And whether she is real or imagined, the lovely and erotic Lee (and let me tell you folks, she is hot!) is in the process of making herself invaluable to this family. She is seductive on many levels. Anyone familiar with a name dropping hack will begin to chuckle with each mention of what Lee is doing and who she is doing it with (the Clintons, Henry Kissinger, Madonna, Lady Diana, Richard Prior and Mikhail Gorbachev and the Queen of England herself). The show also stands out as being elastic, as there are continual updates and it is notable that many of the references are as current as Will and Kate’s new baby girl. Frank Labovitz knows how to design costumes for this production. Two Helen Hayes nominated professional, Mr. Labovitz creates a stage of high fashion statements dressing our conservative doctor and wife in fitted designer clothing, Lee in sinfully loose clothing to accompany her scruples, and mother Frieda in last year’s Loeman’s shmatah.
While Plato, Aristotle and Socrates may write of androgynous sexual characters, the Taubs have never experienced anything erotic. And that my friends is going to change. Will our Allergist’s wife be seduced by words and passion or is this all a manifestation of her desires? Will our blasé married 32 years couple, do the unthinkable, experience the sexual freedom of the poets, without regard to convention, religion or shame? And rather than give you any more hints, I will tell you that this show will bring out your inner snob, is guaranteed to put a grin on your face, and a tingle.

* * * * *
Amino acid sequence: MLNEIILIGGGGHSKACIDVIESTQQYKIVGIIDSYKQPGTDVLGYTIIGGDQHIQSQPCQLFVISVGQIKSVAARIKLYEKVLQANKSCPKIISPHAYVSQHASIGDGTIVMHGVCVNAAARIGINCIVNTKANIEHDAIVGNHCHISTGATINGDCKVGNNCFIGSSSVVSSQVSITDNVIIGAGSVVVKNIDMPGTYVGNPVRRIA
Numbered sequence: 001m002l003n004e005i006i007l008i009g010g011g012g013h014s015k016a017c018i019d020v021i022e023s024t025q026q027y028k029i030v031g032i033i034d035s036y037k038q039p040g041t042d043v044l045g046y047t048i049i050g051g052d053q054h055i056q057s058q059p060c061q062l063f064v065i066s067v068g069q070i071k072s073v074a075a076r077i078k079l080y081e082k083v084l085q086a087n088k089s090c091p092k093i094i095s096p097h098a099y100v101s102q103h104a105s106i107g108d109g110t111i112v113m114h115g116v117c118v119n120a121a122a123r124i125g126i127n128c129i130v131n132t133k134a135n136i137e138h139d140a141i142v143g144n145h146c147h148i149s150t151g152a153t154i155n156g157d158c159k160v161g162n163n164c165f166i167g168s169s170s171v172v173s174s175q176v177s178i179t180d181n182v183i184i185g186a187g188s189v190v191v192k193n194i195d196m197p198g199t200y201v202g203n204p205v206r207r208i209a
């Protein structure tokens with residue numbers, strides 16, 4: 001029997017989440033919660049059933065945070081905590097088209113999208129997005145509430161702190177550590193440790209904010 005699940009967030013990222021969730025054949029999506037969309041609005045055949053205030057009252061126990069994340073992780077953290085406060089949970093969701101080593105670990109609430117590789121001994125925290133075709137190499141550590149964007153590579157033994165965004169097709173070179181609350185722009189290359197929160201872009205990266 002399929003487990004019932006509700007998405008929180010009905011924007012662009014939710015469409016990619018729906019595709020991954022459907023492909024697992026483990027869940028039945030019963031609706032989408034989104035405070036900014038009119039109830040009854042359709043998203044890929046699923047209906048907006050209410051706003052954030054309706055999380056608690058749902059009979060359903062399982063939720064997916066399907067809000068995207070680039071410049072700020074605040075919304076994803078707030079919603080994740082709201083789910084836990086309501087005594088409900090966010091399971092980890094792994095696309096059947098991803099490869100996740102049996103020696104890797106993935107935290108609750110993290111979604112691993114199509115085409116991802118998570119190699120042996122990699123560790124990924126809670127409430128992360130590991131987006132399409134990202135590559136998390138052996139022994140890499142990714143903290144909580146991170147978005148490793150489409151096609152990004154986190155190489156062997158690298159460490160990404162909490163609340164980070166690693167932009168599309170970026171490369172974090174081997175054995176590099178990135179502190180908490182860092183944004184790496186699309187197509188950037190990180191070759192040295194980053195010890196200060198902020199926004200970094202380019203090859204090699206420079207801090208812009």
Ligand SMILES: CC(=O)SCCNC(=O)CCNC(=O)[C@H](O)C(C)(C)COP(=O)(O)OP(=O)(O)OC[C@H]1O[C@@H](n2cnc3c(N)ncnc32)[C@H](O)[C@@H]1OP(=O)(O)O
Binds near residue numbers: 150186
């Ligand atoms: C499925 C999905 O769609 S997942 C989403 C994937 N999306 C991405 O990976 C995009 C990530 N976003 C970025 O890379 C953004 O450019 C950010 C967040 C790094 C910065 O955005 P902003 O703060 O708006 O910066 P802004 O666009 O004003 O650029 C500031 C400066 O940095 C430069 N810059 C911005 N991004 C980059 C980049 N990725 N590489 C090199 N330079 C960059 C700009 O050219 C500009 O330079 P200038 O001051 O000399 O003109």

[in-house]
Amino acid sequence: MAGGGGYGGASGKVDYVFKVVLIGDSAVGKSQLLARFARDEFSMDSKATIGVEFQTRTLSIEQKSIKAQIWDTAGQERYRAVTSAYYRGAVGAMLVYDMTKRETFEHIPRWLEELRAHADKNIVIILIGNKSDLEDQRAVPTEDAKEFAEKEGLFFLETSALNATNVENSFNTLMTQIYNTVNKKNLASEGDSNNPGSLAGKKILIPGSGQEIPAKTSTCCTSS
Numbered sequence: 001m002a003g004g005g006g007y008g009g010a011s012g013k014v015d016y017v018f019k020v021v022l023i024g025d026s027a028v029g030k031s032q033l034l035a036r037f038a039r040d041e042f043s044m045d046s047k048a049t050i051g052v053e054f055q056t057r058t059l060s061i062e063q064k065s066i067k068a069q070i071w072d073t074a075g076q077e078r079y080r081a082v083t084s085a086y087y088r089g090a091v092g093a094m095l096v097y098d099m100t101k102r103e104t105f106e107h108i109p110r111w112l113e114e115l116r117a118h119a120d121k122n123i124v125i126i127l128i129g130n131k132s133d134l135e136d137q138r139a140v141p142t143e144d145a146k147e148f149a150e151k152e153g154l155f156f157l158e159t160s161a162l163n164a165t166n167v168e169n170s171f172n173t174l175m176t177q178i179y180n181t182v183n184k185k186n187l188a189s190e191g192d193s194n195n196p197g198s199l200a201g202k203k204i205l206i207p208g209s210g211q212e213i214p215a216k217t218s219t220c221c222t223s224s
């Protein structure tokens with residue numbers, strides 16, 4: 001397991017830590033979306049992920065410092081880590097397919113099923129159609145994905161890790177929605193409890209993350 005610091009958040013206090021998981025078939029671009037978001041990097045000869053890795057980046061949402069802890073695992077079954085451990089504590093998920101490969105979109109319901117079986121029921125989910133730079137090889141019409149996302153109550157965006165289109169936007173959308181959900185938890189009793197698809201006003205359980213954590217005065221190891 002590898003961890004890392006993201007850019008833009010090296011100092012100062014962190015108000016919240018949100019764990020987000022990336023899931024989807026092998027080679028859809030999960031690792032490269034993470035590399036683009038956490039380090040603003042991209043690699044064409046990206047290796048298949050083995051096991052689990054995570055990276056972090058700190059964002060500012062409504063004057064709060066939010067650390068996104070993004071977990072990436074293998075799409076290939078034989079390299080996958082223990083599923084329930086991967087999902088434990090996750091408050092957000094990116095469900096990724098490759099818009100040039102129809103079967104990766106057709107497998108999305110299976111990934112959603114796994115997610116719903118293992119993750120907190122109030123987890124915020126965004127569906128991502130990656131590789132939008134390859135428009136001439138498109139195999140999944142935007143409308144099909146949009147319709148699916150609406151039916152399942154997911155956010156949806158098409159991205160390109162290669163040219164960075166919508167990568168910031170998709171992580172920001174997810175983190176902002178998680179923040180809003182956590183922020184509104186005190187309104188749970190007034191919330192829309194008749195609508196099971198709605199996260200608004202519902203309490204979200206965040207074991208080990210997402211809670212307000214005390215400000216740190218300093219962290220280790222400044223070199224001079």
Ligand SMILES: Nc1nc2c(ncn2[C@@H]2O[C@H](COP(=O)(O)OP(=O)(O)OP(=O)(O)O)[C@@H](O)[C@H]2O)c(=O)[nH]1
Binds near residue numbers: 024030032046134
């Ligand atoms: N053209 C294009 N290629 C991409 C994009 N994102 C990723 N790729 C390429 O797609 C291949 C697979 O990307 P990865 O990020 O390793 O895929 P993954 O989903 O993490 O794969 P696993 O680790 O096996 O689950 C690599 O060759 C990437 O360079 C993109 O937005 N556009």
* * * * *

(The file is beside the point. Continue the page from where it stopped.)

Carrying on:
Running Time: 2:15 min with a 15 min intermission.
Advisory: Not suitable for children under 18.
The Tale of the Allergist’s Wife plays through July 5, 2015 at Theater J at The Washington DCJCC’s Aaron & Cecile Goldman Theater – 1529 16th Street, NW, (16th and Q Streets), in Washington, DC. For tickets, call the box office at (800) 494-8497, or purchase them online.